November employment figures are out. Time to re-evaluate this assessment from a year ago in Political Calculations that California was in recession.
Going by these [household survey based labor market] measures, it would appear that recession has arrived in California, which is partially borne out by state level GDP data from the U.S. Bureau of Economic Analysis. [text as accessed on 12/27/2017]
The release provides an opportunity to revisit this question (the 2018Q2 state GDP figures are discussed here). It’s (still) unlikely that a recession occurred.
According to my work with Ryan LeCloux, the growth elasticity of real GDP with respect to NFP employment is about 0.85 (statistically significant), so we can be reasonably certain that GDP is still trending up.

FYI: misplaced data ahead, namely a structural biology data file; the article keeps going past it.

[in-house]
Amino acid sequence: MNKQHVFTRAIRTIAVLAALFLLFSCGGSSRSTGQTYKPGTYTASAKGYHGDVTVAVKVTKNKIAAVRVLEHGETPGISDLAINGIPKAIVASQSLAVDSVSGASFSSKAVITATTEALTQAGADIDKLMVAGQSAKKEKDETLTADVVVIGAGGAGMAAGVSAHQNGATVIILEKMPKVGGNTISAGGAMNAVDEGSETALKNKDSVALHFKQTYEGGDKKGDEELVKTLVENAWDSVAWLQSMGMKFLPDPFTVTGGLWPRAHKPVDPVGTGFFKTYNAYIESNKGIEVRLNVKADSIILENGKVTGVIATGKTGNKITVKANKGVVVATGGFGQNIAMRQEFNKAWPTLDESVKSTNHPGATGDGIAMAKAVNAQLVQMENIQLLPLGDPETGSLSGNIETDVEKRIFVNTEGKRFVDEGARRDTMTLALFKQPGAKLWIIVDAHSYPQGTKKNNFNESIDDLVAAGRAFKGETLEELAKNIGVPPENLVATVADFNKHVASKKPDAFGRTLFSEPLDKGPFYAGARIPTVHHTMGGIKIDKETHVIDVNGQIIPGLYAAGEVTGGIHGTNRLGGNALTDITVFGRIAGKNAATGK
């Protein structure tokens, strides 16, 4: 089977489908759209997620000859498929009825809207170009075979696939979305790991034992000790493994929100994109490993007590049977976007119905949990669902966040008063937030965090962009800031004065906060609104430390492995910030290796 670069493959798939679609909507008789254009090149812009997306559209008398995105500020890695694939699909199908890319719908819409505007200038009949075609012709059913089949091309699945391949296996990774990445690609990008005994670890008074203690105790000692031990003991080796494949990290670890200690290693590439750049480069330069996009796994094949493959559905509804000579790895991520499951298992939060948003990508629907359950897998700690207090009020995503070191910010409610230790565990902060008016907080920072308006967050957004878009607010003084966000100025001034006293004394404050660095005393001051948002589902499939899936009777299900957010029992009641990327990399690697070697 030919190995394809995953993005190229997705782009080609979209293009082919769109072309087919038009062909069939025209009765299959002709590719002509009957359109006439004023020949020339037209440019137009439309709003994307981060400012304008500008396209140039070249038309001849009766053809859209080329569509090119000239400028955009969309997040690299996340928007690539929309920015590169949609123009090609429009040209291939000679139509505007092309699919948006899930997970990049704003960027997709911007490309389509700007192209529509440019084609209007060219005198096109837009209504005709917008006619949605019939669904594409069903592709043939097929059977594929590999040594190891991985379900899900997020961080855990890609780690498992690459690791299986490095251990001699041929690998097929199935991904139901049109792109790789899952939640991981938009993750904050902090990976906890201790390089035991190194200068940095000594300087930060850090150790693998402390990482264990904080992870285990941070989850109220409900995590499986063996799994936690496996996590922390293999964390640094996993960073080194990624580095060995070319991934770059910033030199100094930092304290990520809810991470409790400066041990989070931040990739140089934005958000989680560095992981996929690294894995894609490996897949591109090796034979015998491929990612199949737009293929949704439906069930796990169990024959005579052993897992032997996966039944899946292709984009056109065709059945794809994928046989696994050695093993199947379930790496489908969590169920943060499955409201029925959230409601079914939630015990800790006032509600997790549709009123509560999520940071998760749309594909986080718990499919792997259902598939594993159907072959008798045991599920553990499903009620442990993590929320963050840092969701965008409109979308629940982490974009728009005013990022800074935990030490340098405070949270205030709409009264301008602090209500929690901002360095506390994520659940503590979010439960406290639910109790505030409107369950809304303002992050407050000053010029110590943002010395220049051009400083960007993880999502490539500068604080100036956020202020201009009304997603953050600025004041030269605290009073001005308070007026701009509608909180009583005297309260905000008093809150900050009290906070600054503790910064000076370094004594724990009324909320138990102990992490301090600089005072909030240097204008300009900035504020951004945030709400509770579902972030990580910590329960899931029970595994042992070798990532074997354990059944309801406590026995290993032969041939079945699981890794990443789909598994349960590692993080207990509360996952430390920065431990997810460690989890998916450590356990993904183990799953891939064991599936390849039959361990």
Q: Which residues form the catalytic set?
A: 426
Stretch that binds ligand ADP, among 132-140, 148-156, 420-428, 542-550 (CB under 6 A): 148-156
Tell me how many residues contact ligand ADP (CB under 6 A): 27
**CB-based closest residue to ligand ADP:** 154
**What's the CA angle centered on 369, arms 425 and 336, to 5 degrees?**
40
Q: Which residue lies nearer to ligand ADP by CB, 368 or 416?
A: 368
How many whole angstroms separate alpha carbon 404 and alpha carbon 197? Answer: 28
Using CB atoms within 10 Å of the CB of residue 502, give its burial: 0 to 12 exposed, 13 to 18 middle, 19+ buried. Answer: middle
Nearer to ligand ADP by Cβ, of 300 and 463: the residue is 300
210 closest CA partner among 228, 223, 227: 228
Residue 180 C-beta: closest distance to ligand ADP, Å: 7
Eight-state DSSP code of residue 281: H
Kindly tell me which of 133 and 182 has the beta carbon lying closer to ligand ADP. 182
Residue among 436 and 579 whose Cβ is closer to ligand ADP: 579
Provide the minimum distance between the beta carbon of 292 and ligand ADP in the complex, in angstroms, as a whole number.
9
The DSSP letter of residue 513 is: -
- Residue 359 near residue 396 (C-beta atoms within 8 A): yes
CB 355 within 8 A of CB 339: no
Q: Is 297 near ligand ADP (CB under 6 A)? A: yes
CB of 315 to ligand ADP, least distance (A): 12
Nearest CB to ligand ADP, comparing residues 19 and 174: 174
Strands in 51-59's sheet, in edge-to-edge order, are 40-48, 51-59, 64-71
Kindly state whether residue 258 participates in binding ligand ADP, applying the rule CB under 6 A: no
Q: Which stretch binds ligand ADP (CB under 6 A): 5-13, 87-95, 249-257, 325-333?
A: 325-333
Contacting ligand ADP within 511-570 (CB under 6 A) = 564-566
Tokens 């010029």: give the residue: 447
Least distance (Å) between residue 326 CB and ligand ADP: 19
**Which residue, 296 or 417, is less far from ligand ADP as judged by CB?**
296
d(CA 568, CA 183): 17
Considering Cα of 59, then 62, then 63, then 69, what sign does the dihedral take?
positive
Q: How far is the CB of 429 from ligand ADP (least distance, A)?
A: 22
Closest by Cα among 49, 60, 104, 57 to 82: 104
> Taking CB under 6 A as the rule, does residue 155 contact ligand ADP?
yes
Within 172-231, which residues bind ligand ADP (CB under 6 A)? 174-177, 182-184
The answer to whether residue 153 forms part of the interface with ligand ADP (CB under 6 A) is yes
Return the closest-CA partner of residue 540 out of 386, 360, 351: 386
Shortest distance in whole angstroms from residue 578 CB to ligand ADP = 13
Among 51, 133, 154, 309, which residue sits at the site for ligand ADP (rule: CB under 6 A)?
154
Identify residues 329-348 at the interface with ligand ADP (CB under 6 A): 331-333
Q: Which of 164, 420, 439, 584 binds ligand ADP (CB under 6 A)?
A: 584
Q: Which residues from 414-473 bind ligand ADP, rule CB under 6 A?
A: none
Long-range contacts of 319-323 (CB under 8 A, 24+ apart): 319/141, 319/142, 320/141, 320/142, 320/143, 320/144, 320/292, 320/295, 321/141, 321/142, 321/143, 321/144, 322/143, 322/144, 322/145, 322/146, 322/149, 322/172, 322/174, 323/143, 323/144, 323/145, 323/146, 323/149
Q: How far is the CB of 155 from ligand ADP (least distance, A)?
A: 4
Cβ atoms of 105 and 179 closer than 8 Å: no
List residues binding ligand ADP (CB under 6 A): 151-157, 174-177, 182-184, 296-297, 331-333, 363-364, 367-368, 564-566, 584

It is true that there are two local minima in civilian employment November 2017 and March 2018, but just barely, and given the imprecision of the household survey at the state level, I thought it unwise to rely too much on these observations, and still do (particularly since the employment series is now rising again in the current vintage).
Why did Political Calculations’ Ironman think a recession was in the offing? In part he attributed it to the negative employment effects from the rising minimum wage. To me, this is just another example of ideology trumping data. I see no discernable economy-wide impact from minimum wage increases in California.